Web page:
Very sound. No new architecture will ever support *only* extended, so
extended can be safely deleted from the standard, simplifying life for
Looking ahead, the same logic can be applied to other notions of the
standard. Let us look carefully at other places where there is a problematic
"feature" that will necessarily live long for backwards-compatibility
reasons but for which there is no real reason to be imposed on the future.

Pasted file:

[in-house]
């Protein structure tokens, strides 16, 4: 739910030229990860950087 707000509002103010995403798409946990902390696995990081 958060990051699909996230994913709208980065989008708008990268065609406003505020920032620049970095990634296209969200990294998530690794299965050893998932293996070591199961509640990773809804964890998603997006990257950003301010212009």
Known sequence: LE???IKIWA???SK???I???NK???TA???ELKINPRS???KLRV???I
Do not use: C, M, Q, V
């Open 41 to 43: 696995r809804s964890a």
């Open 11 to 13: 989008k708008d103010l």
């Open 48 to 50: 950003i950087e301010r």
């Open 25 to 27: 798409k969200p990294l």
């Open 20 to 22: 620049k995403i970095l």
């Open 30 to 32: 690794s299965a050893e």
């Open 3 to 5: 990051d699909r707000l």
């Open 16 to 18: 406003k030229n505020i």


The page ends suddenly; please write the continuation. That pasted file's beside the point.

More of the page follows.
Dynamic modes and the rest of "implied state" come to mind :-)
----- Original Message -----
From: "David G Hough 754R work" <754r@xxxxxxxxxxx>
Sent: Wednesday, March 17, 2004 6:51 AM
Subject: Re: agenda
> The lesson for 754R might be that too much higher performance and not
> upward compatibility with 754 might doom our efforts to be ignored.
> Or is the lesson that
> 754R can only hope to influence new instruction set architectures
> anyway, so it might as well not be unduly bound by backward compatibility?
> Thus our discussion of extended precision carries so much weight.